Use the moving checklist to help guide you through the moving venture.

A critical step is to read and understand all information provided by the mover. These should include the following basic documents as part of your move:

Estimates
The estimate should clearly describe, in writing, all charges for services the mover will perform. Make sure the estimate is signed by the mover. Do not accept oral estimates.

Bill of Lading
The bill of lading is a contract between you and the mover and a receipt of your belongings. You should be given a partially completed copy of the bill of lading before the mover leaves the residence at origin.

Order for Service
The order for service is a list of all the services the mover will perform and shows the dates your household goods will be picked up and delivered

Inventory
The inventory is the receipt showing each item you shipped and its condition. Be sure you receive a written copy of the inventory after your household goods are loaded and that you agree with its description of your household goods' condition.

See our list of North Carolina Moving Companies

Aging In Place

"Aging in place" is growing older without having to move. Aging in place with supportive services is one of the most desirable ways of aging. Aging in place can achieve efficiencies enabled by the customized care. The most successful aging in place approaches focus on the provision of the most appropriate care for the specific individual. Thus avoiding wasted costs brought on by a "generic" care model.

An aging in place scenario creates housing and health care options to provide support as defined by an individualís wishes and efforts to live independently. Aging in place can work best when it is employed as a part of a comprehensive plan for retirement and aging. An essential step in implementing aging in place is to make your home aging friendly. As we age, we don't hear so well, we sometimes forget or get confused, and we even outlive doctor's predictions about our longevity. So as long as we persist in growing older, why not arrange our homes to accommodate our reality. Incorporate memory triggers into the way we arrange cabinets and counters, add soft fabrics to muffle background noises, change appliances to better accommodate our short-comings.

If you want to learn more, visit our Age in place section. Once you have an idea of the changes needed in the home, it is time to discuss the changes with a contractor/builder in your area. See our list of North Carolina Aging In Place Specialists.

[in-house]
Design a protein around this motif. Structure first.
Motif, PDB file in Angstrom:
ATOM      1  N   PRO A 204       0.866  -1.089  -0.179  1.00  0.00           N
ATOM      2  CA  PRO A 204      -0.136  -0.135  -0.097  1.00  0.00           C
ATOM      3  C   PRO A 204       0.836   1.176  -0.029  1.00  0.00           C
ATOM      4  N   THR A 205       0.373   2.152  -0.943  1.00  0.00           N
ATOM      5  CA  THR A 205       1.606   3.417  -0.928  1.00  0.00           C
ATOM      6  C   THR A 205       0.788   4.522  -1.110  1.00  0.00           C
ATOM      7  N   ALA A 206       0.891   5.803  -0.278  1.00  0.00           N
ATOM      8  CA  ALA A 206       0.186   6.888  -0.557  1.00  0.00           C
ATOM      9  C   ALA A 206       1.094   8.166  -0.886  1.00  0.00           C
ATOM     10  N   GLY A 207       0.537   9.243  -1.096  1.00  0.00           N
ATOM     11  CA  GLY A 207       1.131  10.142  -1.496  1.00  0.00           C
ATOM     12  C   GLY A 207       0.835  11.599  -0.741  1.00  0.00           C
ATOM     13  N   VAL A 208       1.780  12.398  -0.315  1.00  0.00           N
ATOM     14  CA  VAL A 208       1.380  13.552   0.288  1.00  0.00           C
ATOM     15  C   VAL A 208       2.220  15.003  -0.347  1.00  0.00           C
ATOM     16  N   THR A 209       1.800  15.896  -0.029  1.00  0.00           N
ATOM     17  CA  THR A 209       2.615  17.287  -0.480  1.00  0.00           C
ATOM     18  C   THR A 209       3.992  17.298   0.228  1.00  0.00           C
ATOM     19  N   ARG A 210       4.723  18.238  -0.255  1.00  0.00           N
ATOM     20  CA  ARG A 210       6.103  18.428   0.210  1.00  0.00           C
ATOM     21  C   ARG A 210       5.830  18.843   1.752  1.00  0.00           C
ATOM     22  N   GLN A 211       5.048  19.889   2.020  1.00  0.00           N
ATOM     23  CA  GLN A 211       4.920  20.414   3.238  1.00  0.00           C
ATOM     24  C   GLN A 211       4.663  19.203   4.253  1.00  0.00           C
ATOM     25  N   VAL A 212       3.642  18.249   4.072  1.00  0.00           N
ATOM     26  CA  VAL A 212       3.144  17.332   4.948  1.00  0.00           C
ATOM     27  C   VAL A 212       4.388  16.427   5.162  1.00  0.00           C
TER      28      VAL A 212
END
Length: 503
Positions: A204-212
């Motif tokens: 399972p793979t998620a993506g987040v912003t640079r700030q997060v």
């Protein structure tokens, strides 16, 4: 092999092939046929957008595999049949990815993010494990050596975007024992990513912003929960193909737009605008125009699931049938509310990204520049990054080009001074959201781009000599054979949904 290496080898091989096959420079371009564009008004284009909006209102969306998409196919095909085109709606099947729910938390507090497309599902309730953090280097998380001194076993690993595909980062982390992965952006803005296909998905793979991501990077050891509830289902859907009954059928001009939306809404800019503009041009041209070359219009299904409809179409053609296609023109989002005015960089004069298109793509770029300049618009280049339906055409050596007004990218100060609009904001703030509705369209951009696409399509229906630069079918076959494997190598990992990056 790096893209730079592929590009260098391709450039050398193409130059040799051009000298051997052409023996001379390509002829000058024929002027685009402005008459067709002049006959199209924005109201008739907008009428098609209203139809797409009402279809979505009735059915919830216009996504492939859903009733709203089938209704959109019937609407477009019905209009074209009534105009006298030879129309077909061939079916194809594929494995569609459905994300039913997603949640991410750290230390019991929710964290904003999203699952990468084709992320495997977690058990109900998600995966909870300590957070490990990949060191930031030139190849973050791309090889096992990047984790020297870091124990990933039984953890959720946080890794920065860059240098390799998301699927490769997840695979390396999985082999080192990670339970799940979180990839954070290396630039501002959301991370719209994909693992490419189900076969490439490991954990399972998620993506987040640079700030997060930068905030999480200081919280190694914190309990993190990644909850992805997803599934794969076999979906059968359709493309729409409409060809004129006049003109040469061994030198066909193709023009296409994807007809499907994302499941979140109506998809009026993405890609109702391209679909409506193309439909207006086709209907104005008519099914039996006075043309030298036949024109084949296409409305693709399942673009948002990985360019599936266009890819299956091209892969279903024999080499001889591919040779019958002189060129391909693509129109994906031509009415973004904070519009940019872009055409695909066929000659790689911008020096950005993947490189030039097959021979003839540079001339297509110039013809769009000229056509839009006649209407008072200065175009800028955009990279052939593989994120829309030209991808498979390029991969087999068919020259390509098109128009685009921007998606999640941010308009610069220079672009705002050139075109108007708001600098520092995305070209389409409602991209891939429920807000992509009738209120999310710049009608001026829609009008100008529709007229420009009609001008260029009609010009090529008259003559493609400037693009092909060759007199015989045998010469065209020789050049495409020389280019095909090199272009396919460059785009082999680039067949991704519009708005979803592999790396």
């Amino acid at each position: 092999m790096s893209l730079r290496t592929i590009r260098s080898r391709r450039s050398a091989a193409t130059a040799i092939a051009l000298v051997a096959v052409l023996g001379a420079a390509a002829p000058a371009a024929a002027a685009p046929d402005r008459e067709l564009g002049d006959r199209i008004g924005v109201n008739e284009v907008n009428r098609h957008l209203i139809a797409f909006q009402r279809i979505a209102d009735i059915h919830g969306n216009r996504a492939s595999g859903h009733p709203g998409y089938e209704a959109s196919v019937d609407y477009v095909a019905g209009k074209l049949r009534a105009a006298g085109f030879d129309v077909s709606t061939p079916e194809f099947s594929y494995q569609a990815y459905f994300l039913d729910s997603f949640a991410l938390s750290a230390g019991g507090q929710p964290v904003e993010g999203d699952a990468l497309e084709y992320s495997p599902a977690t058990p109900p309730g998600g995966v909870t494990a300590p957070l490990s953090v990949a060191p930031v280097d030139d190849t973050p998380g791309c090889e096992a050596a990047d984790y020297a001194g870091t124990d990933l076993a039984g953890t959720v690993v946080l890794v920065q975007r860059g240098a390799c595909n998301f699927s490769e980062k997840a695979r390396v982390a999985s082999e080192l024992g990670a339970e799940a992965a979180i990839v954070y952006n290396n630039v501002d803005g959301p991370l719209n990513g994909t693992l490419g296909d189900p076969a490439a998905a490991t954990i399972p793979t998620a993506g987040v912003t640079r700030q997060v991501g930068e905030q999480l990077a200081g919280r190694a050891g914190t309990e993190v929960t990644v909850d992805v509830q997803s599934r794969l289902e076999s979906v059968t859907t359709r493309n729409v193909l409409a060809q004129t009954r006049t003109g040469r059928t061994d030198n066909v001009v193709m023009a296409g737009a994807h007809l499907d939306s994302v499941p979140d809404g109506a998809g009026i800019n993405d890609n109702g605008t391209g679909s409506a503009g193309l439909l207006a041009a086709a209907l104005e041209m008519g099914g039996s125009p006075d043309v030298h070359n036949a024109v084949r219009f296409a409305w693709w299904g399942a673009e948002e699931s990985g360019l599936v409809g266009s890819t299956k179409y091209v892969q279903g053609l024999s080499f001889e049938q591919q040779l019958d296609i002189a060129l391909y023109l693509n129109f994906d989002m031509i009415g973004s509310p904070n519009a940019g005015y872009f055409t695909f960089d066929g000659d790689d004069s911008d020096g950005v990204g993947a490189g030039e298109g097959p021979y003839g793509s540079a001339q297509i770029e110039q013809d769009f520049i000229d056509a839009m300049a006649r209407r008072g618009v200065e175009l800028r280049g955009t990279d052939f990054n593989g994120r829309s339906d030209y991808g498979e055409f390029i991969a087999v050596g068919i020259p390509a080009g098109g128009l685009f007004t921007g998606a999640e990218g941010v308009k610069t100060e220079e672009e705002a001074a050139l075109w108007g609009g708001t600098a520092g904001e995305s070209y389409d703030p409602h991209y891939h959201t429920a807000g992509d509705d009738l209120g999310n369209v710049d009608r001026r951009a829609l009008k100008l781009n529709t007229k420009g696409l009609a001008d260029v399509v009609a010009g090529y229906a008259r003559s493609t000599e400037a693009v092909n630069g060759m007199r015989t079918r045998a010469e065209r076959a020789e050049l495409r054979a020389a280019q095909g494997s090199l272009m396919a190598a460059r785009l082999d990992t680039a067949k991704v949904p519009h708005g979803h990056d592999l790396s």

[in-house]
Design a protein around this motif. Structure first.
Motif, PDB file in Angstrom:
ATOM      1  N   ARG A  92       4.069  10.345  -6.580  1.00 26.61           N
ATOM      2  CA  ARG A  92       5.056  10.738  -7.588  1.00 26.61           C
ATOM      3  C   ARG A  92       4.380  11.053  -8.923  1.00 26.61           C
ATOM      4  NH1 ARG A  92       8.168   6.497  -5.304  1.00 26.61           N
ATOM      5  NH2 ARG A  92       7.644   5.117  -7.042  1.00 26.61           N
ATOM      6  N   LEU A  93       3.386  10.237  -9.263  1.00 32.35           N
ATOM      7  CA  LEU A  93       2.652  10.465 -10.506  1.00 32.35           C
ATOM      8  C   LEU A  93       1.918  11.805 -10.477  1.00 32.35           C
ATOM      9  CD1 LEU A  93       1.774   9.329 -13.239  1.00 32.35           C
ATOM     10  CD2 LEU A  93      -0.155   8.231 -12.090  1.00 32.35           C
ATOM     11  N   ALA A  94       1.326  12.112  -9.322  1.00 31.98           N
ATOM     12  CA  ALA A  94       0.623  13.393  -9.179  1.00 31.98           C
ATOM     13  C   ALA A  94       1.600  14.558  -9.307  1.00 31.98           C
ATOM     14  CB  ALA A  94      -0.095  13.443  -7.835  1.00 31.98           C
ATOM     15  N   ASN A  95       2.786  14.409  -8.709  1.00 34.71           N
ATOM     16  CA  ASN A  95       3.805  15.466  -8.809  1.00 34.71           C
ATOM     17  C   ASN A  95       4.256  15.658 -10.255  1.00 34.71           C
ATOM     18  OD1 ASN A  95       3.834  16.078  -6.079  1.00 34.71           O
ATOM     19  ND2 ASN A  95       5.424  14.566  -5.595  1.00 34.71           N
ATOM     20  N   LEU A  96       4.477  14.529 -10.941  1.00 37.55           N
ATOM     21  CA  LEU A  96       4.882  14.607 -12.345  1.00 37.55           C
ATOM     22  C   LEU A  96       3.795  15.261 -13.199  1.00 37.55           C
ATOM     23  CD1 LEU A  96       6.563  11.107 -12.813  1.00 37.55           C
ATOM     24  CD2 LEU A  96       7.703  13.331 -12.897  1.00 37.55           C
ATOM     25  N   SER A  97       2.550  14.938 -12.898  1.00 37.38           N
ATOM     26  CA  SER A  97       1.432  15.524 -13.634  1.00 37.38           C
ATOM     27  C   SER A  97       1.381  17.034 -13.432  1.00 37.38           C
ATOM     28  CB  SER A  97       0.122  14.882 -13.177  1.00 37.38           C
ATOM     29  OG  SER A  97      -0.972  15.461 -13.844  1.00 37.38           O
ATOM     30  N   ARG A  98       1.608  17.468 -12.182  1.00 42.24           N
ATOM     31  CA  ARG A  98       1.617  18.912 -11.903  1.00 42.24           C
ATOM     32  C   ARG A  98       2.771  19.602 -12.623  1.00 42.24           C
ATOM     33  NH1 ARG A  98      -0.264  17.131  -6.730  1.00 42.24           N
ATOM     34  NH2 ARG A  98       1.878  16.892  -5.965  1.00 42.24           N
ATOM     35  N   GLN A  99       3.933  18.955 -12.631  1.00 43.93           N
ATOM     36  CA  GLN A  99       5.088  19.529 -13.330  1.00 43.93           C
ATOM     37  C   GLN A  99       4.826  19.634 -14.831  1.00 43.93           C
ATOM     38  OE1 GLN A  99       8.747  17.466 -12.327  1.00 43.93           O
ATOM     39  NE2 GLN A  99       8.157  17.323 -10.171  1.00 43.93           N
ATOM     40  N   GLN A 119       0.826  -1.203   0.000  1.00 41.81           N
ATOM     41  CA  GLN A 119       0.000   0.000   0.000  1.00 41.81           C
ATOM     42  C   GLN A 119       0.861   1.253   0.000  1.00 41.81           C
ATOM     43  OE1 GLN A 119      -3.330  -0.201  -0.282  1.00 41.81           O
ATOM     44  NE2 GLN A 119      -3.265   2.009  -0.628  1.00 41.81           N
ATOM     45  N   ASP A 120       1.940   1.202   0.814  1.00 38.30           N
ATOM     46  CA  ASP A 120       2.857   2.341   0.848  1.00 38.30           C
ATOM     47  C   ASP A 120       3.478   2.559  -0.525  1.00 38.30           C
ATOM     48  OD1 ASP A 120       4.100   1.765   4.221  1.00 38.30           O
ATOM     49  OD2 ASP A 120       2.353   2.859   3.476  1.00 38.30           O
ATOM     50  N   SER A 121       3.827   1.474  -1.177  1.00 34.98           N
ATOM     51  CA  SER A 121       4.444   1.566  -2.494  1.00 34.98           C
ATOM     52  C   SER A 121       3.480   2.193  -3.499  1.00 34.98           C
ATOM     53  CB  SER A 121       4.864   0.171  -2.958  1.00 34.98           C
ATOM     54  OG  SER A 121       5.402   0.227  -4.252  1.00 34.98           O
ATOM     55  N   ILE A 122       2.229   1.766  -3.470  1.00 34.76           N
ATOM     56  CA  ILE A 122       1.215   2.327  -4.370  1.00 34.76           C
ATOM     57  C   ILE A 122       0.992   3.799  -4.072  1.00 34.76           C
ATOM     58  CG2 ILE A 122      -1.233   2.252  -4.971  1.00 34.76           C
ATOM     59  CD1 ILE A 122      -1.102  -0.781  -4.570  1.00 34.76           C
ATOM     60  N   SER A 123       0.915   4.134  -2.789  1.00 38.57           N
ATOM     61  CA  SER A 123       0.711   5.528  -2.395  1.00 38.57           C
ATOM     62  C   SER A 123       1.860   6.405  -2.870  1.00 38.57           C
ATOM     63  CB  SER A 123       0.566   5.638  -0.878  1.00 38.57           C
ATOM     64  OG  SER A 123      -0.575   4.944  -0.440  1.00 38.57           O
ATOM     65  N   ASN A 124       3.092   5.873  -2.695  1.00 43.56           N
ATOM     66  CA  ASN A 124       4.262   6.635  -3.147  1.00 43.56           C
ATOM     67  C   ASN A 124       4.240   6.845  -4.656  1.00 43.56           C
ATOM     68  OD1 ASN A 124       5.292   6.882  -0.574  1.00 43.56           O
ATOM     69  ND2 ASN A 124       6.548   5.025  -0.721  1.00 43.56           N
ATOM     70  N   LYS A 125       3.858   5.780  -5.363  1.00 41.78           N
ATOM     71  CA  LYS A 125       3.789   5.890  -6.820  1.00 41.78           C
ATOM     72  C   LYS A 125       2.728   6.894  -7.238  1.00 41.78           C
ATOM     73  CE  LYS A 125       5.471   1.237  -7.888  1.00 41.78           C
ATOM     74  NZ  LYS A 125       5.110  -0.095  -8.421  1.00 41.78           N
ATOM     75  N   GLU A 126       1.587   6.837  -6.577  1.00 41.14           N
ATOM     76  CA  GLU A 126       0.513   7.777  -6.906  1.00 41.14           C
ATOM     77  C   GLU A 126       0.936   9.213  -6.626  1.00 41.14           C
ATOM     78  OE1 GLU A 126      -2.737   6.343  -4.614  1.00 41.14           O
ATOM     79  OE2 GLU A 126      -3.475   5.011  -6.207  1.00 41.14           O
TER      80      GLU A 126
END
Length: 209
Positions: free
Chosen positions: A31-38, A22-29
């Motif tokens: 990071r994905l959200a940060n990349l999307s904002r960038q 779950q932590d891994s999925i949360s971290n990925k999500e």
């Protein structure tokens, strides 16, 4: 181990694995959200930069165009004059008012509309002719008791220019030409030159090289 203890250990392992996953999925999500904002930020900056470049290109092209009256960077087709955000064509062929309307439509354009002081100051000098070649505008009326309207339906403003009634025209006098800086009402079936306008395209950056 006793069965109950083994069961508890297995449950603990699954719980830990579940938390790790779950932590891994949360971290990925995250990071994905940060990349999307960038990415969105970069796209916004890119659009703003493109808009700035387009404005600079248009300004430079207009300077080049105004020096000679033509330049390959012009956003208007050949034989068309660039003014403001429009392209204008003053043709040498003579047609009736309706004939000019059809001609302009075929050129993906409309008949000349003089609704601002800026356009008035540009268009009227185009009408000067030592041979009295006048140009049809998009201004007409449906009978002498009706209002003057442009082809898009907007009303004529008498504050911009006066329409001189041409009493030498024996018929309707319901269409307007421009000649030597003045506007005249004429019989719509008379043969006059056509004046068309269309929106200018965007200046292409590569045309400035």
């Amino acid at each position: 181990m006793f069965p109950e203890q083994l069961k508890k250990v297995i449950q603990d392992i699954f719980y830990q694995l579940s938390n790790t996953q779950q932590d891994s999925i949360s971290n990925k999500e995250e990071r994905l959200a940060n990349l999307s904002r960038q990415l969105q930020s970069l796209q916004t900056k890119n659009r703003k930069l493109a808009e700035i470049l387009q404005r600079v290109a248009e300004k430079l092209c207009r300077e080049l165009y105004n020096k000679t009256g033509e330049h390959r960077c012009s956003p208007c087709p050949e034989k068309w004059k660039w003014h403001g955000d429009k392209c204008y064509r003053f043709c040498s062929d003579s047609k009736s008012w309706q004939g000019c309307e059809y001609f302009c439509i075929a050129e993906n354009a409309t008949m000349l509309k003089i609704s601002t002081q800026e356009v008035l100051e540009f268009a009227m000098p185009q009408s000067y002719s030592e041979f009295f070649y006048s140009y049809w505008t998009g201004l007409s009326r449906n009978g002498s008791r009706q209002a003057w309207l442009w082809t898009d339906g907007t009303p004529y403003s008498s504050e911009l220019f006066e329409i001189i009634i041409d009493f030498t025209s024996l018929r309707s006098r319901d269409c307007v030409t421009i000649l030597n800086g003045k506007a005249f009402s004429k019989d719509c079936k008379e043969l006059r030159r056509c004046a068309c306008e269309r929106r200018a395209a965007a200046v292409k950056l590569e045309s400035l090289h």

State Department of Insurance

Insurance regulations differ from state to state. Need help with an insurance company provider? Want to know who writes Medigap insurance in your state?

Contact:
SHIIP can help you with questions about Medicare, Medicare Advantage plans, Medicare prescription drug coverage, Medicare Supplement Insurance and long-term care insurance.

855-408-1212 (toll free)
919-807-6901 (fax)

Physical Address:
Albemarle Building
325 N. Salisbury Street
Raleigh NC 27603

www.ncdoi.com/SHIIP/

Taxes

  • Personal Income Tax Rate Range: 6% to 8.25%.
  • Three income brackets: Lowest is $12,750, highest is $120,000
  • Taxpayers may opt to pay 14% of adjusted federal income tax without a deduction of federal taxes.
  • Personal Exemptions: $ 2,500 for singles and $5,000 for marrieds, as per the IRS code.
  • Standard Deduction: $3,000 for singles, $5,000 for married filing jointly.
  • Medical/Dental Deduction: Federal amount.
  • Federal Income Tax Deduction: At least $4,000 excluded and Military retirees may be permanently exempt from state income tax on retianer pay.
  • Public Pension Exclusion: At least $4,000 for qualified private pensions.
  • Private Pension Exclusion: $2,000 per taxpayer.
  • Social Security Exemption: Federal amount.
  • Sales Tax: 4.5% (Prescription drugs exempt. Food subject to local tax)
  • Some county taxes can add another 3%

For current and additional information, see the North Carolina Department of Revenue.

Resources, Products, and Other Considerations